On Tuesday, a guard who previously worked at the Edmonton Remand Centre and pretended to be a police officer multiple times during confrontations with individuals from the community was given a sentence of house arrest.
Earlier this year, Andrew James Donald, age 42, pleaded guilty to impersonating a police officer and illegally storing a firearm in Edmonton’s Court of Justice. As a result, he received a one-year community sentence followed by two years of probation.
In court, it was revealed that Donald had a consistent behavior of approaching people and falsely identifying himself as a police officer before the incident that led to his arrest. It was also mentioned that the severe brain injury and PTSD he suffered while working in the jail could have influenced his actions.
In July 2018, Donald, who was employed as a correctional officer, was put on leave by the Workers Compensation Board, as stated in a mutually accepted set of facts.
Donald engaged in five distinct altercations over the course of three years, during which he asserted his identity as a law enforcement officer.
According to the court, in May 2020, while walking their dogs in an Edmonton dog park, he and a friend encountered three men on bicycles who almost collided with their dogs. This led to a physical altercation, during which Donald showed his badge and revealed that he was an off-duty RCMP officer.
When Edmonton police responded to the scene where Donald was being treated as the victim of an assault, he also told them he was an RCMP officer. EPS later confirmed he wasn’t with the RCMP, and warned him not to claim to be an officer.
In September 2020, Donald visited the previous home of a friend in order to assist her in retrieving her possessions from a former roommate. However, when an altercation broke out between the two women, Donald stepped in and displayed a badge, falsely claiming to be a law enforcement officer. He also issued a threat to the roommate, stating that he would initiate an investigation against her. The roommate promptly contacted the police, but Donald departed before their arrival.
On November 23, 2020, less than a week later, Donald came under investigation once more. EPS received a report stating that he had falsely represented himself as a police officer to his Syrian Muslim neighbors and demanded to see their personal documents. EPS reiterated their warning to him about impersonating law enforcement.
On May 27, 2021, Donald initiated a pursuit of a woman who was driving on the Yellowhead Trail. He followed closely behind her, repeatedly honking his horn, and ultimately coerced her to pull over by positioning his truck in front of her vehicle.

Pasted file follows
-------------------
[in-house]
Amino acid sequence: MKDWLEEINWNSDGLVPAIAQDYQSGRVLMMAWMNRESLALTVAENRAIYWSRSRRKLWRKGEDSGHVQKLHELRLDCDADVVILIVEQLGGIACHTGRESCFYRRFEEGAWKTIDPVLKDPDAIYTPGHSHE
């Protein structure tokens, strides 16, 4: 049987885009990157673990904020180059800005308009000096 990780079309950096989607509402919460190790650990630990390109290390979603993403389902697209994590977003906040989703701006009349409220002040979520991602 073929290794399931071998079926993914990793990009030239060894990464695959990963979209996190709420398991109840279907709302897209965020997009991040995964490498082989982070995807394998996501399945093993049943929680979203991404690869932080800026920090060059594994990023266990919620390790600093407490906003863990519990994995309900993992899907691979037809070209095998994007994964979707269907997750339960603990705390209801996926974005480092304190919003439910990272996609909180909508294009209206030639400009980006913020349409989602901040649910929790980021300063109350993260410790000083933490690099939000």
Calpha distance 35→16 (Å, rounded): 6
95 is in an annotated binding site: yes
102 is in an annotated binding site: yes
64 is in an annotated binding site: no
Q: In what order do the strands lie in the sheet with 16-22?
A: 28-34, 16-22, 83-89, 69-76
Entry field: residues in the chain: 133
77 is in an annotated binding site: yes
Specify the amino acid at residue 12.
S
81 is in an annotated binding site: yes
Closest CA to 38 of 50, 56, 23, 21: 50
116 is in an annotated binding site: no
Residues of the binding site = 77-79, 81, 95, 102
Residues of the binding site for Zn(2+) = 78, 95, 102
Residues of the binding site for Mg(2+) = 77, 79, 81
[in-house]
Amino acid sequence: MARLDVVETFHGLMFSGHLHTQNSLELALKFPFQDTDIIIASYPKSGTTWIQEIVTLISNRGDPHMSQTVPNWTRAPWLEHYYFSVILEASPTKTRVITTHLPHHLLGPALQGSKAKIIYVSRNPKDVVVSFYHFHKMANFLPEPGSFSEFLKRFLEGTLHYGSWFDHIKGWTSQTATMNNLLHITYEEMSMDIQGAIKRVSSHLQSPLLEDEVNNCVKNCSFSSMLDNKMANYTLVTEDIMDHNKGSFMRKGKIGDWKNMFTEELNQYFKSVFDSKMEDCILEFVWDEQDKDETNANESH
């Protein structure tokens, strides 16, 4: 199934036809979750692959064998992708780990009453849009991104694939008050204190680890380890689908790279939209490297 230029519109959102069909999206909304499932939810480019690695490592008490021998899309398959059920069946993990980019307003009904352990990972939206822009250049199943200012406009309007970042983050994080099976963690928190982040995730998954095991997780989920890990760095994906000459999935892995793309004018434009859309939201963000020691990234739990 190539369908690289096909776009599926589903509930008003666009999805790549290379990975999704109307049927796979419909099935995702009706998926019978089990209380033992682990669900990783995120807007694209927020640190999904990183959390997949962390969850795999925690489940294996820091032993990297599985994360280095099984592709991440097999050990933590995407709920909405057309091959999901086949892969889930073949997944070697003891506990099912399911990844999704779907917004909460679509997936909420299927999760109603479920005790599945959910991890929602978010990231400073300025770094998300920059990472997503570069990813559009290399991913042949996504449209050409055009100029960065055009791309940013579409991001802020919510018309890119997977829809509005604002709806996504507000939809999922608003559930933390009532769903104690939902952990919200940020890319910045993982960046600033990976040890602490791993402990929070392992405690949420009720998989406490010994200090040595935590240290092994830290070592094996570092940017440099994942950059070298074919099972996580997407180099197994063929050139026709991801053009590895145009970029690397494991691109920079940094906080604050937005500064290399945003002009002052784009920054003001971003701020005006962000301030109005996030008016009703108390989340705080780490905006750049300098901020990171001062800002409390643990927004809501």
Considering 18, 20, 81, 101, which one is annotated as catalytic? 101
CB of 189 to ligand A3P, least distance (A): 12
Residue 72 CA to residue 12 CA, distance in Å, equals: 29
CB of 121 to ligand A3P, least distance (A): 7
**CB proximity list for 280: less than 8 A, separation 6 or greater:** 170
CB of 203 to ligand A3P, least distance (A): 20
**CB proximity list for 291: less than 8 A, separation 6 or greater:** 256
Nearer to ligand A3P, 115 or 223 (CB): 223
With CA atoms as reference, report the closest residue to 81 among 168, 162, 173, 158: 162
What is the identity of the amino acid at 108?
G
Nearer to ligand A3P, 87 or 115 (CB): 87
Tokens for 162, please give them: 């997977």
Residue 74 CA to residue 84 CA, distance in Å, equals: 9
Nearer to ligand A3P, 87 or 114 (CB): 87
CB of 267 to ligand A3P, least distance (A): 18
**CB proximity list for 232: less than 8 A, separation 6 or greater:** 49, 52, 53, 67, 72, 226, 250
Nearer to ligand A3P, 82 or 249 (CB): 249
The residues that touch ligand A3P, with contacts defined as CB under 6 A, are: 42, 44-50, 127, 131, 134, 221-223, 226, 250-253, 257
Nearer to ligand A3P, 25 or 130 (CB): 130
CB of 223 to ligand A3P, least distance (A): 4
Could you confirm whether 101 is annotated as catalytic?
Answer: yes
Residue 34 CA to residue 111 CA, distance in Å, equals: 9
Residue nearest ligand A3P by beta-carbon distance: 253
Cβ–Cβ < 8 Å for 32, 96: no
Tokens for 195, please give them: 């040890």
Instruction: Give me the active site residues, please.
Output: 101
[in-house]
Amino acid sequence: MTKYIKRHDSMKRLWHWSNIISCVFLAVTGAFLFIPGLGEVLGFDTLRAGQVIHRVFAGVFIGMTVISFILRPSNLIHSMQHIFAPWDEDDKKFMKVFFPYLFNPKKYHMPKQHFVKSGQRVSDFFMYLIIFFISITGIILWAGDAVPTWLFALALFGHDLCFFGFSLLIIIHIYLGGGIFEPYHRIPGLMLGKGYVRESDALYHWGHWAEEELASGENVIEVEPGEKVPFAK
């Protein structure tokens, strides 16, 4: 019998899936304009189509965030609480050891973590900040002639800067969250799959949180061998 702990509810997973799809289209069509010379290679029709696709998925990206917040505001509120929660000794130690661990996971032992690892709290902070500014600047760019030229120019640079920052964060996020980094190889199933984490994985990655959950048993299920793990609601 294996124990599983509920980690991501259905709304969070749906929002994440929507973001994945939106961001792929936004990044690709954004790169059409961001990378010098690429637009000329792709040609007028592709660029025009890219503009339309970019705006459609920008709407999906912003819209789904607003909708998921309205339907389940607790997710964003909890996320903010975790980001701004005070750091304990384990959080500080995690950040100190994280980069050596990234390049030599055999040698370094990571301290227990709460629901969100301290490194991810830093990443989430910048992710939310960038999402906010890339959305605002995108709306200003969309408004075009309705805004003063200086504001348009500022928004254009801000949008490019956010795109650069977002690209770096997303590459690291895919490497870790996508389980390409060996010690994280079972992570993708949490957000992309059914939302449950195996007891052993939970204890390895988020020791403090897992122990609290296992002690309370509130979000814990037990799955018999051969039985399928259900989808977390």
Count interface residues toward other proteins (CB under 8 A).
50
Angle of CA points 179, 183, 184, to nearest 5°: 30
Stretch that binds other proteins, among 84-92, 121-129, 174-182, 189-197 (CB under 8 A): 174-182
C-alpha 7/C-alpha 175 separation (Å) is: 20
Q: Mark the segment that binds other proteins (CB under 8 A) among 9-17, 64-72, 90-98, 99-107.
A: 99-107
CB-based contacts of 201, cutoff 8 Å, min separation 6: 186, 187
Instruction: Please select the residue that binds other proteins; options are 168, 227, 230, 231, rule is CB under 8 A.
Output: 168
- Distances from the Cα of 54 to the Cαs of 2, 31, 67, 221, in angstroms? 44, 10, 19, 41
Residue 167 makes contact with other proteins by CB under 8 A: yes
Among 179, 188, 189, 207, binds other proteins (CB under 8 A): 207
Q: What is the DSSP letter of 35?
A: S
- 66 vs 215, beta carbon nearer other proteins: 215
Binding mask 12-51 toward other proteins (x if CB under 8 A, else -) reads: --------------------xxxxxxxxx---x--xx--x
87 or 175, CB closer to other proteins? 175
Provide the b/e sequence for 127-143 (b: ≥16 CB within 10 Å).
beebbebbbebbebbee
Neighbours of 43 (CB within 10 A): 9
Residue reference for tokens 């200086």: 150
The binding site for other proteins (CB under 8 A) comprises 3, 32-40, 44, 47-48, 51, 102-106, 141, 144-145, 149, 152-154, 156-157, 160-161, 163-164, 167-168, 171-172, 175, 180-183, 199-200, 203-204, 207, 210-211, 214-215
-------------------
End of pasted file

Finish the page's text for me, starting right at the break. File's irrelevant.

Based on the established facts, he subsequently exited his vehicle and started shouting at the lady, demanding that she accelerate. He displayed a badge and warned her of a potential $300 penalty.
The man was shouted at by the woman, and she informed EPS about the situation.
Guns, uniforms, badges in home
In June 2021, Donald was taken into custody and his home was searched. The authorities discovered five firearms, one of which was a loaded handgun tucked beneath his living room couch. They also found ammunition, accessories for the firearms, handcuffs, and a collection of law enforcement items including fragments of RCMP uniforms, police peace officer and security uniforms, and a thin blue line police patch.
Donald possessed a license and documentation for the firearms.
A report from a psychiatric expert, submitted to the court on Tuesday, implied that the act of impersonation by Donald might be connected to his past experiences of emotional abuse during childhood, as well as his battles with depression, neurological impairment, and severe post-traumatic stress disorder. Additionally, it was noted that Donald had endured assaults from inmates while serving as a correctional officer.
Justice Kirk MacDonald has approved a mutually agreed upon proposal between the Crown prosecutor and the defense for Donald’s sentence. The first six months will be served under house arrest, followed by a curfew and several conditions. These conditions include avoiding any contact with the victims and a prohibition on possessing weapons.
MacDonald discovered that the assumption of power and authority by someone who is not entitled to it can lead to a decline in public trust. However, he also noted that Donald’s mental health challenges somewhat mitigate the extent of his accountability.
On Tuesday, Donald chose not to speak in front of the court.